The biggest ‘secret’ to utlising Pinterest to get traffic to your blog or website is doing this – and it’s not so much a secret now, it’s called Tailwind. And you’ll probably have heard of it but not known much about what it does or how it works. It’s basically like your Twitter scheduler – but for Pinterest. You schedule the pins you want to ‘re-pin’ and Tailwind will send them on the day and time that’s best for your traffic. So it’s tailored to when your audiences are best engaged – pretty cool huh? It does all the thinking for you. Once a week I sit down and schedule all of my content on Tailwind (which works the same way as standard pinning, you just do it through the Tailwind browser instead so the pins schedule instead of actually repinning in real time.) I schedule every single picture in every blog post as well as all the images I’ve posted on Instagram that week. Yes, create your end of post Pinterest adverts (like the one at the bottom of this image) but still make sure you pin all the other images too After scheduling, which takes a few minutes at most, I let Tailwind do the rest for me. It sends out MY content (all the content belonging to me) at the best time, so I’m confident that my Pinterest presence promoting my content is taken care of. Tailwind does cost £11.99 a month, which you may not want to spend – when I started, I didn’t. But you do get a month free trial HERE so why not give it a go, maximise it for a month and then see how you feel – you’ve got nothing to lose.

Lesson 4 – Captions are key

There’s a lot of hoo-hah about captions, and again, I can only talk about what works for me. Keep the captions straight to the point and brief. I’ll either describe the picture/product or feature the blog post title. For example if it’s a Monthly Roundup post of products, I know that won’t be much of a traffic driver (it’s not the most exciting title is it?) so I caption the products like this “Glitter Eyeshadow palette – mini review with swatches.” And as for hashtags, don’t bother. I don’t. I find it brings no extra traffic to my pins.

Lesson 5 – Actually Use Pinterest

A couple of friends who have quite high following numbers on Pinterest asked me why I was exceeding their number of unique views. And this is the biggest reason – I actually use Pinterest. So many people want the benefits of the blog traffic and the presence but aren’t prepared to put the work in. Remember that you get out what you put in, and nothing comes for free. Let Tailwind take care of the important stuff – YOUR content and then use 10-20 mins a day to do the fun stuff that also fills your boards. I do ten mins of Pinterest while I’m eating lunch or walking to the school run, then ten mins before bed. And remember – you need the right balance between boards showcasing your content and boards that aren’t just a walking advert for your blog. Because in the modern and savvy consumer world nowadays, nobody likes being sold to and if your Pinterest is just a walking ad, it will turn people off.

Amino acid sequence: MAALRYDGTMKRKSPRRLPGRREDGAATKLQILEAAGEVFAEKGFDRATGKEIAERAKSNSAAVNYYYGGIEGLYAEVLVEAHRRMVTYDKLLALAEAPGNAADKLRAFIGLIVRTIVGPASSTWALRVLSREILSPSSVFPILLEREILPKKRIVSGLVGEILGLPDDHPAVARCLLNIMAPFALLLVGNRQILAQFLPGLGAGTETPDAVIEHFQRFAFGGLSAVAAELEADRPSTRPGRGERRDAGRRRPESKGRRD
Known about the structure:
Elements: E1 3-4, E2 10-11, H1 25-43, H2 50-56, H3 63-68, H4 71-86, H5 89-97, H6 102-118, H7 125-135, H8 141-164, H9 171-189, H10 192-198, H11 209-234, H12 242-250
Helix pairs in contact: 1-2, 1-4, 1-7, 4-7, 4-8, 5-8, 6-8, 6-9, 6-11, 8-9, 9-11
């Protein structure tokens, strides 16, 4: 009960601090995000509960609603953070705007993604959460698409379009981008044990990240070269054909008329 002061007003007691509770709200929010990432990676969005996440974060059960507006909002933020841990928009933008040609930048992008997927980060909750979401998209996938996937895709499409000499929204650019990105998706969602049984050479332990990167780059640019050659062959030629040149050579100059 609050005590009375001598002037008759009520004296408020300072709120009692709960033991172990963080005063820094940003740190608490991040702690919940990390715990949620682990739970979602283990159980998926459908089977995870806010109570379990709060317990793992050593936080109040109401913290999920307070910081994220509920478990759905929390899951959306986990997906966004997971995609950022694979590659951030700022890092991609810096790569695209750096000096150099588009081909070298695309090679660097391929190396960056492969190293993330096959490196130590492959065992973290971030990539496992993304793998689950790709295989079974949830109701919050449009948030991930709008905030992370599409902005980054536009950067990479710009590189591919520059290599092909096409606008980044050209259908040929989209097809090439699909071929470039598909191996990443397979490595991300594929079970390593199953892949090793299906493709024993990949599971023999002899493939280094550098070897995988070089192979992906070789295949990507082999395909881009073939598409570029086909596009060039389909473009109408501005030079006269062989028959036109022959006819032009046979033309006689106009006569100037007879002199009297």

Lesson 6 – switch to a business account

This one is easy to do, doesn’t cost anything and means you get demographics and stats. At first all my ‘top engagement pins’ were pins belonging to other people. Now I’m a year down the line and ALL my top impressions/posts are my own content. I wouldn’t have known that without the analytics tab that you get as a business user. See example below:

Summary

So if you want to see Pinterest REALLY work for your blog, drive traffic and get a lot of eyeballs on your content then follow the simple steps above:

*Forget trying to build a following as the priority
*Maintain an aesthetically pleasing account – looks matter
*Have a minimum of ten boards and make sure they’re all holding content
*Keep board topics ‘on brand’ for your blog
*Schedule ALL of your own content with Tailwind, and repin it as often as you want
*Keep captions brief
*Dedicate daily pinning time to boosting your boards with other content
*Switch to a business account

So hopefully you found that useful – as I mentioned somewhere above, don’t expect overnight results – it takes time. But I started seeing good results almost right away – within a month or two. If you have any questions about particulars on Pinterest please leave them in the comments below and I’ll do my best to answer them!

Also, here’s the link to the free trial on Tailwind again – which is the key to all of this.

And finally, make sure you’re following me on Pinterest!